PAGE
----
Hilaire Belloc bought King's Land (in Shipley, Sussex), 5 acres and a working windmill for £1000 in 1907 and it was his home for the rest of his life. Belloc loved Sussex as few other writers have loved her: he lived there for most of his 83 years, he tramped the length and breadth of the county, slept under her hedgerows, drank in her inns, sailed her coast and her rivers and wrote several incomparable books about her. "He does not die that can bequeath Some influence to the land he knows, Or dares, persistent, interwreath Love permanent with the wild hedgerows; He does not die, but still remains Substantiate with his darling plains."

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Monday, 25 June 2018

Henry Douglas RIP

Dr Grahame Clough, the former Chairman of the Hilaire Belloc Society, has some unwelcome news for us. He writes:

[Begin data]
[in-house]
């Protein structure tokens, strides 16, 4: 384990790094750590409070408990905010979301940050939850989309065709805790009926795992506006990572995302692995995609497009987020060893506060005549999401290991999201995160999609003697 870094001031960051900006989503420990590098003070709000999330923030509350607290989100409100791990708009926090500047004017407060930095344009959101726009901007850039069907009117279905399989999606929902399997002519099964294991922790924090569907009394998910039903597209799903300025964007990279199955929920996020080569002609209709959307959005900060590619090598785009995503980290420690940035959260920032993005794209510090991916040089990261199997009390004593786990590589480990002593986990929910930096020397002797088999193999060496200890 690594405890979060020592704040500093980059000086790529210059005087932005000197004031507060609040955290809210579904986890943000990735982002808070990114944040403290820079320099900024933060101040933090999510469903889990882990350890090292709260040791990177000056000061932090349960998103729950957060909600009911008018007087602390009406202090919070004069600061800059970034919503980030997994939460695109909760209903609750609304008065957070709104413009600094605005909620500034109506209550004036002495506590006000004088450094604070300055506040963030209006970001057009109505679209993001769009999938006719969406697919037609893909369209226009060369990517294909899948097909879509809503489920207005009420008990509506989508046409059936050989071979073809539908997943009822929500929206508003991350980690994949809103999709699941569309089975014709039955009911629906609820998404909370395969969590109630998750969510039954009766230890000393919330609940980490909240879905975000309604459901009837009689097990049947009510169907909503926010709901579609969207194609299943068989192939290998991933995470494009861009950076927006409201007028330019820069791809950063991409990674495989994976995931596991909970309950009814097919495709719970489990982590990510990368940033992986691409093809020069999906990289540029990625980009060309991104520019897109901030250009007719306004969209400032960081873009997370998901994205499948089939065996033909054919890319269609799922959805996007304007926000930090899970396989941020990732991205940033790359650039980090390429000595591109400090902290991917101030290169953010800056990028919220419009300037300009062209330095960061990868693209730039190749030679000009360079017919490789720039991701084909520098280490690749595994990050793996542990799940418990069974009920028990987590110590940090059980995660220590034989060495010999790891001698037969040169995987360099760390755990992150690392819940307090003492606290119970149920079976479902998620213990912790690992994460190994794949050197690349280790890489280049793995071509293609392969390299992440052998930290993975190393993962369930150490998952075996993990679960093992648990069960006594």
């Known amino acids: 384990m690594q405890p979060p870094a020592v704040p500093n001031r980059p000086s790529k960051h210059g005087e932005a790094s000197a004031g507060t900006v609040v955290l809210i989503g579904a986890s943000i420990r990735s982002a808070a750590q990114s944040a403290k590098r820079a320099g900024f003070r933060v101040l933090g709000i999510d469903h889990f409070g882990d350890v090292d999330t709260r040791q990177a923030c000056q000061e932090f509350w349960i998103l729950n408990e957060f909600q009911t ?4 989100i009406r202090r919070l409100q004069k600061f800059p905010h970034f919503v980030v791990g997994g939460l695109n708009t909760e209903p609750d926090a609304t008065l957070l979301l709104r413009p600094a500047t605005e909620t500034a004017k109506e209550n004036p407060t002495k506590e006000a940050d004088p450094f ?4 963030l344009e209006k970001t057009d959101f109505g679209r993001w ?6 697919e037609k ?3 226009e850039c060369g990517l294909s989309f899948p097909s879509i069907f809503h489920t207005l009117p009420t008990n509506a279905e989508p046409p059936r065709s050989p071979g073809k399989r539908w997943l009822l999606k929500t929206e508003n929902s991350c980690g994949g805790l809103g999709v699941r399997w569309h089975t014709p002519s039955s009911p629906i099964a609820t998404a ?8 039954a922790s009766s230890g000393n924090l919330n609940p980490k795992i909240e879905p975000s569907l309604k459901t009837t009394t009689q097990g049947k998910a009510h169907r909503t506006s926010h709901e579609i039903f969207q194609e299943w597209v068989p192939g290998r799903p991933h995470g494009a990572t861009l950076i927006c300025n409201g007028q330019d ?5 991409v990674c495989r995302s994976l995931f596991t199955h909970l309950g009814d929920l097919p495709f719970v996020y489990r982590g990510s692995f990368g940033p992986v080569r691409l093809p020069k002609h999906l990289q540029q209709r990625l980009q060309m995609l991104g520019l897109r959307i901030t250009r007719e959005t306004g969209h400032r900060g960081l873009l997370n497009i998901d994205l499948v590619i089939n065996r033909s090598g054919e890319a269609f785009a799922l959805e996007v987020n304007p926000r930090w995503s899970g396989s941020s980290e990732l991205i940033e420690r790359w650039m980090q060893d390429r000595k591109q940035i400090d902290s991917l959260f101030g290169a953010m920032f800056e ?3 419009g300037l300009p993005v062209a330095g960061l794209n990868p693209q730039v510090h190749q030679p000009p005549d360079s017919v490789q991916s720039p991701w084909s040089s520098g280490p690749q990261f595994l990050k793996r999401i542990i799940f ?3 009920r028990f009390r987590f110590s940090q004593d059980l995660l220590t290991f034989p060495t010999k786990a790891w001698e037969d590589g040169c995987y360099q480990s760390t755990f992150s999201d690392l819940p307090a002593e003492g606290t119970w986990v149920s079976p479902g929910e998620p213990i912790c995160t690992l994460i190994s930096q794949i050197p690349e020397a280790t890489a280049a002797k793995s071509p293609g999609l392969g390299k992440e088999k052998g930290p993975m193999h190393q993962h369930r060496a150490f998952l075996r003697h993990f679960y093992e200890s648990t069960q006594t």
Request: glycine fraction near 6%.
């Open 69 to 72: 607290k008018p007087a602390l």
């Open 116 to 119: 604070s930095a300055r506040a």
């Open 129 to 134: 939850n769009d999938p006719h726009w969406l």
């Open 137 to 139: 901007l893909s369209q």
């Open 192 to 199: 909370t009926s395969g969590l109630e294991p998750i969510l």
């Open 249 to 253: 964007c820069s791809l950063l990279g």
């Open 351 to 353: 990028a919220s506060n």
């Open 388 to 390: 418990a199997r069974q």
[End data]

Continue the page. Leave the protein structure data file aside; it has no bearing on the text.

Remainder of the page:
''The sad news to report is that our good friend and originator of The Hilaire Belloc Society, back in 1996, Henry Douglas has passed away. Henry never missed a committee meeting and thank goodness for that because he was the epitome of calmness and was always able to quench even the most heated debates on every subject and would you believe that even included the genius of Buffy the Vampire Slayer versus that of Charlie Chaplin - there were many other obscure subjects that got out of hand but dear old Henry shepherded us into order. The Belloc Society meetings were always held in Guildford and many thought that this because that is where Hilaire Belloc died - that is not true, the real truth is that I did not want to give Henry any excuse! He never knew I had an ulterior motive but although I did I just loved his company. Henry very kindly donated his entire collection of books, by Belloc, to the Hilaire Belloc Society and I am absolutely certain that he will be so pleased that his collection now resides at Kings Land and with his own bookplate. From a personal point of view Henry's journalistic skills were very welcome and are what made The Bellocian newsletter so well received because although perfectly polite he would never shy from telling me that I was wrong and so for that Henry, I will raise a glass of red, toast a very good friend and make sure that this obituary is grammatically incorrect so that I can imagine that last rye smile.''

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